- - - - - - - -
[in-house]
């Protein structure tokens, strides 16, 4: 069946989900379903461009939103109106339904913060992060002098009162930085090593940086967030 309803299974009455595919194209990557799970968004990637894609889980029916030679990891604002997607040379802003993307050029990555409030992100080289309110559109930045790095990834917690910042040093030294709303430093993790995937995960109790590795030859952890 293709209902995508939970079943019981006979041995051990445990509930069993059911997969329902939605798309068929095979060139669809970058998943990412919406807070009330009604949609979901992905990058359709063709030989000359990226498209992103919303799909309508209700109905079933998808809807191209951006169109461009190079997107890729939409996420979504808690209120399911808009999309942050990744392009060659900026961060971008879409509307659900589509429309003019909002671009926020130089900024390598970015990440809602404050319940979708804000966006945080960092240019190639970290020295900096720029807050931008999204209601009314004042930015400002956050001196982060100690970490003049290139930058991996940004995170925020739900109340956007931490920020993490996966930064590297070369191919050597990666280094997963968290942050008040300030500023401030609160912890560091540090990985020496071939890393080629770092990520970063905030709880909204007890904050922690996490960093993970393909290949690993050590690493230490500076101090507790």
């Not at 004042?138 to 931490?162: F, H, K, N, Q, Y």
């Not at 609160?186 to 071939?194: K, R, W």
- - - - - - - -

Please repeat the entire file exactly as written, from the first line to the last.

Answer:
[in-house]
């Protein structure tokens, strides 16, 4: 069946989900379903461009939103109106339904913060992060002098009162930085090593940086967030 309803299974009455595919194209990557799970968004990637894609889980029916030679990891604002997607040379802003993307050029990555409030992100080289309110559109930045790095990834917690910042040093030294709303430093993790995937995960109790590795030859952890 293709209902995508939970079943019981006979041995051990445990509930069993059911997969329902939605798309068929095979060139669809970058998943990412919406807070009330009604949609979901992905990058359709063709030989000359990226498209992103919303799909309508209700109905079933998808809807191209951006169109461009190079997107890729939409996420979504808690209120399911808009999309942050990744392009060659900026961060971008879409509307659900589509429309003019909002671009926020130089900024390598970015990440809602404050319940979708804000966006945080960092240019190639970290020295900096720029807050931008999204209601009314004042930015400002956050001196982060100690970490003049290139930058991996940004995170925020739900109340956007931490920020993490996966930064590297070369191919050597990666280094997963968290942050008040300030500023401030609160912890560091540090990985020496071939890393080629770092990520970063905030709880909204007890904050922690996490960093993970393909290949690993050590690493230490500076101090507790």
């Not at 004042?138 to 931490?162: F, H, K, N, Q, Y």
């Not at 609160?186 to 071939?194: K, R, W």